“The Other White Meat“ Takes Center Stage In Guatemala

US - For generations, consumers in South America have believed that pork is not safe to eat due to animal disease and because pigs eat food scraps or tainted food. Last year the US Meat Export Federation (USMEF) launched a long-term effort to reverse these negative perceptions with the goal of expanding the market for safe U.S. pork.
calendar icon 18 May 2007
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During May, USMEF launched the second phase of its effort – a comprehensive U.S. pork promotion in Guatemala City at 30 stores of a supermarket called Paiz. It was recently purchased by Wal-Mart. USMEF is also working with two importing companies that import and sell many U.S. products in the region.

“Working with the same importers during the promotion creates a sense of ownership and provides consistent products consumers can rely on,” said Ricardo Vernazza-Paganini, USMEF director of Central and South America. “Partnering with stores owned by Wal-Mart extends the outreach of U.S. pork products to potential consumers because of this large retailer.”

Vernazza-Paganini predicts that it will take at least five years to see a significant shift in consumer perception of pork. USMEF started working with Guatemalan pork producers to conduct a generic pork promotion last year. This second phase focuses on US pork– 'La Otra Carne Blanca' (The Other White Meat) – and features US pork loin, sirloin and fresh hams.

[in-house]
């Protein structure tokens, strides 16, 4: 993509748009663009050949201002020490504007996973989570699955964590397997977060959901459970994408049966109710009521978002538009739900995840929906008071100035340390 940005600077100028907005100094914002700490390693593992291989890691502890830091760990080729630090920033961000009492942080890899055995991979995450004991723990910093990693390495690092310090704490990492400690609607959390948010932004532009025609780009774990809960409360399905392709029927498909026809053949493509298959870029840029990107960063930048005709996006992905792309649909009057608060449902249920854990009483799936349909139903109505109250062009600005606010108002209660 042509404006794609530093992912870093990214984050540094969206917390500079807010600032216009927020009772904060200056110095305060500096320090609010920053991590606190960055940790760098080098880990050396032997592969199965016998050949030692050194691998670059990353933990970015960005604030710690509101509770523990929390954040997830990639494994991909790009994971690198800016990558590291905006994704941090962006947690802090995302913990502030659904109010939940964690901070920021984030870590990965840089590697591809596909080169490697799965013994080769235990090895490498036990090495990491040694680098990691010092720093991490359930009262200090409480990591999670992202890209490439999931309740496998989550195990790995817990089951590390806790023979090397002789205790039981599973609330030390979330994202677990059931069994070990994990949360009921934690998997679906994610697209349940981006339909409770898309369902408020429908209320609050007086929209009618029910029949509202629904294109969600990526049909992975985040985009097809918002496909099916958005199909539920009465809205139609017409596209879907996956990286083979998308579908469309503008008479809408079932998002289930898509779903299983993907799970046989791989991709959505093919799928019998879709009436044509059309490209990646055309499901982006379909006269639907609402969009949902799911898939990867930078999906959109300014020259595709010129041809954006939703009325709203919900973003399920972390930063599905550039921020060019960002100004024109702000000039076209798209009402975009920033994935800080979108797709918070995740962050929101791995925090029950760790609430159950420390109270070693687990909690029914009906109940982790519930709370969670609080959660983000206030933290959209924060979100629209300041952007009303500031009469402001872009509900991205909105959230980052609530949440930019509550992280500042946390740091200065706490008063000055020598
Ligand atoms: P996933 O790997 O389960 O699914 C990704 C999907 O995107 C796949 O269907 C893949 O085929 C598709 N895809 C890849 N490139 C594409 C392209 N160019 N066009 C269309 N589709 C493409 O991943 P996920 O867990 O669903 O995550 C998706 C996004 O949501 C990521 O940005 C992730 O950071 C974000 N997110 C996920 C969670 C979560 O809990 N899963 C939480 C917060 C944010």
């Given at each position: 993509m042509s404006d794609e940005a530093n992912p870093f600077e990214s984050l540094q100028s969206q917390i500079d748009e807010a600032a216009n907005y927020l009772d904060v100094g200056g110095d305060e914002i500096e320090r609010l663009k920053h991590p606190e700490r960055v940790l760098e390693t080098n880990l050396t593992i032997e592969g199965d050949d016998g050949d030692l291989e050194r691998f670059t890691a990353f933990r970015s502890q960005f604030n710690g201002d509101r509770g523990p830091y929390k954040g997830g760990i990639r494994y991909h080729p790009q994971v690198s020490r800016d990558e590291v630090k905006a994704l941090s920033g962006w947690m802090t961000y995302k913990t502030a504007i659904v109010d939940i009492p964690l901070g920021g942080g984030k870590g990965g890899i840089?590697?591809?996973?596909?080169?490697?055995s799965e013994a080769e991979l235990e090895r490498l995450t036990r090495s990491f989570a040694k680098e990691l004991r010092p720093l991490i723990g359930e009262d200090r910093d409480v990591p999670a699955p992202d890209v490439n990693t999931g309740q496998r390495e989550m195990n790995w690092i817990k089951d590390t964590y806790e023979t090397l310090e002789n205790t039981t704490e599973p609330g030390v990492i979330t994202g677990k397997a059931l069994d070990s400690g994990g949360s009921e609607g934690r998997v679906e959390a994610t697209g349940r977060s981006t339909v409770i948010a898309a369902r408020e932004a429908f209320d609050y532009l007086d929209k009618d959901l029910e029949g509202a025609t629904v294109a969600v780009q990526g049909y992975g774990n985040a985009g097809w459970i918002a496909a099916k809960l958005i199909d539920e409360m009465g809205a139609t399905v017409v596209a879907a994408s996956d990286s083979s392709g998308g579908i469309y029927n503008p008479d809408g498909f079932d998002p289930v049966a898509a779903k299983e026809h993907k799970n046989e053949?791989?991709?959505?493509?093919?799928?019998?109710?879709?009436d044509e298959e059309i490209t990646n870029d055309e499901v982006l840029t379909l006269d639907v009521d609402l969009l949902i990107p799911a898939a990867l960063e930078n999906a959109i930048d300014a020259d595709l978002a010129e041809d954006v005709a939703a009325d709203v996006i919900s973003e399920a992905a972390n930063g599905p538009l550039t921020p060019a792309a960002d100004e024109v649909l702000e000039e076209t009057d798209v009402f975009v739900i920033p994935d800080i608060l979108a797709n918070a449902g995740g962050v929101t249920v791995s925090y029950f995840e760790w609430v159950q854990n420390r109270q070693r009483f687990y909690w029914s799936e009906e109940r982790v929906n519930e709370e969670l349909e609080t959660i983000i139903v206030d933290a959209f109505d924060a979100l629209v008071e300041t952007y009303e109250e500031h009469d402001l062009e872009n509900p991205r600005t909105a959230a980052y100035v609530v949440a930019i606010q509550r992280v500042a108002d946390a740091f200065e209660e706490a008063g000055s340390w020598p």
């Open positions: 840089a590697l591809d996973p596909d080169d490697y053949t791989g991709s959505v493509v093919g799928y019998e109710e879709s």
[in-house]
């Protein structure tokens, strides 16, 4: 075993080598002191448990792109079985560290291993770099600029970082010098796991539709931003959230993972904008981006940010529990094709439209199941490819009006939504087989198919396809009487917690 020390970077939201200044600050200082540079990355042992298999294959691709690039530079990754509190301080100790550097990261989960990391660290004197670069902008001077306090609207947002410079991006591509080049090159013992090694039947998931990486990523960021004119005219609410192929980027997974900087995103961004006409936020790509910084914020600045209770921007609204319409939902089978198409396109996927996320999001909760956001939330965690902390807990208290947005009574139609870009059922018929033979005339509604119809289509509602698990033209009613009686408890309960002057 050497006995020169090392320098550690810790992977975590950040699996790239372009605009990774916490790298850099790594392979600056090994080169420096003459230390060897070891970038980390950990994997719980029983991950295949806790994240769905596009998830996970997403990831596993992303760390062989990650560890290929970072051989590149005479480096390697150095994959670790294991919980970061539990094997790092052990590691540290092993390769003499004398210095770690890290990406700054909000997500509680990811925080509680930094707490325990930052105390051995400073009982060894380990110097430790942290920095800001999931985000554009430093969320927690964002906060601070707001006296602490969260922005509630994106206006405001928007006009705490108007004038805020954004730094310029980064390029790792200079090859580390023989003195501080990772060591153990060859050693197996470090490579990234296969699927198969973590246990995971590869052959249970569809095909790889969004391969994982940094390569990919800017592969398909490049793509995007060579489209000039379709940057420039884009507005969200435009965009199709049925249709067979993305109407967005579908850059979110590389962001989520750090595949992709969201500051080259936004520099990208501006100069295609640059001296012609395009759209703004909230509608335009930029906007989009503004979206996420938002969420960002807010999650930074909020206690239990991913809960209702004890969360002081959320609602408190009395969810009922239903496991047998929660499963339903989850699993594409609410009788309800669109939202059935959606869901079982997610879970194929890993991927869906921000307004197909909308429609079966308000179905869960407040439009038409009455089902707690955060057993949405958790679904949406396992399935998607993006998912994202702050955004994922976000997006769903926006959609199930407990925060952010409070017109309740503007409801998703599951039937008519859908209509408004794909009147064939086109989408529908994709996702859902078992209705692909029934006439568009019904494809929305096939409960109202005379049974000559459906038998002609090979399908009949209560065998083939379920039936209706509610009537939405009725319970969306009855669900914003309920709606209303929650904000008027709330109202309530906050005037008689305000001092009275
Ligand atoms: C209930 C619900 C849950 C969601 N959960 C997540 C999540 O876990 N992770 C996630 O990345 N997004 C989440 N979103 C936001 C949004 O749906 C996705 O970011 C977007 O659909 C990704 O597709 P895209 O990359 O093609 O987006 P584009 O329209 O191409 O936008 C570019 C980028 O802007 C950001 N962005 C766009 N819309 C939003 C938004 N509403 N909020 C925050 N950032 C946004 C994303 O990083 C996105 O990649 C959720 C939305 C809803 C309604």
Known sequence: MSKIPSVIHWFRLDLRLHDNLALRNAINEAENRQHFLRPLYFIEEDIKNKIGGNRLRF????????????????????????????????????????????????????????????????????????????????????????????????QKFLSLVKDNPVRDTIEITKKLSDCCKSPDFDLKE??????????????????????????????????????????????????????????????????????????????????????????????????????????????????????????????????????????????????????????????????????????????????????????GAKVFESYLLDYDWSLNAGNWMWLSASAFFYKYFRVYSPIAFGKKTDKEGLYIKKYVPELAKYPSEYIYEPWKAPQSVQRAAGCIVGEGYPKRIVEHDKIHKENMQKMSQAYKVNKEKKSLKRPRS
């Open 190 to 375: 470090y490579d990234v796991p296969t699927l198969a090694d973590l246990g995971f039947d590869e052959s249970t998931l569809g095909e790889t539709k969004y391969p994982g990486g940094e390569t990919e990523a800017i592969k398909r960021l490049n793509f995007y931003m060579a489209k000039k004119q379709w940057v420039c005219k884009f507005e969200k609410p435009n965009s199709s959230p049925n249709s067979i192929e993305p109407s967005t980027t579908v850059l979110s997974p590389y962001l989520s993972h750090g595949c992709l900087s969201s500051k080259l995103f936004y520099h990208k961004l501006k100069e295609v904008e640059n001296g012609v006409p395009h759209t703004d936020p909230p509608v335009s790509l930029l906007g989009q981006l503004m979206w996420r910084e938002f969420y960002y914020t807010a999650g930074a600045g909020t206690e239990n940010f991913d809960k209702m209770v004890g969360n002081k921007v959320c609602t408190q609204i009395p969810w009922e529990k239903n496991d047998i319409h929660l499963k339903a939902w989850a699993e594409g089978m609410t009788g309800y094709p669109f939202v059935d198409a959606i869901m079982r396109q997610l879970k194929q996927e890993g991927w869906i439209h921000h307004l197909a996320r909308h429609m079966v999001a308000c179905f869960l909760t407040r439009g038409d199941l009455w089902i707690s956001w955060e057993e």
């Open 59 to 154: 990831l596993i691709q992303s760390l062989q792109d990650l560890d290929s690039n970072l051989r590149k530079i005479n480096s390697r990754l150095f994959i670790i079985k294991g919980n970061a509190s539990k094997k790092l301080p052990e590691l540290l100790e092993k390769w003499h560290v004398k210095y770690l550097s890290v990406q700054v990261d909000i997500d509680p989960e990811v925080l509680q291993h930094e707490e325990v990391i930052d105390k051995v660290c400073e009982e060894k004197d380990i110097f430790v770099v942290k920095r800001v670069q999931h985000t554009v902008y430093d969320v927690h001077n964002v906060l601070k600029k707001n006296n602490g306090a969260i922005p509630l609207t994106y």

“This promotion targets medium-high to high-income consumers as the price of US pork is higher than domestic products,” said Vernazza-Paganini. “Consumers shopping at participating Paiz stores will be able to taste prepared US pork products to help them make a purchasing decision.”

Advertisements on television and in local newspapers, popular food magazines and billboards, in addition to in-store posters and banners, will draw consumer attention to the promotion, which runs up to the Christmas season.

Some 20 easy-to-prepare recipes using US. pork also will be available to consumers as part of a joint effort with the Guatemala Chef Association to produce the recipes. Educating shoppers on how to cut, cook and serve pork is part of the process of changing attitudes. Consumers satisfaction relies on quick and easy to preparation of an appetizing and nutritious meal.

The promotion is funded by the National Pork Board and the USDA Market Access Program.
Last year US pork and pork variety meat exports to Guatemala increased 39 percent in volume to 5,028 metric tons and 22 percent in value to $10.2 million compared to 2005.

The U.S. Meat Export Federation is the trade association responsible for developing international markets for the U.S. red meat industry and is funded by USDA, exporting companies, and the beef, pork, lamb, corn, sorghum and soybean checkoff programs.
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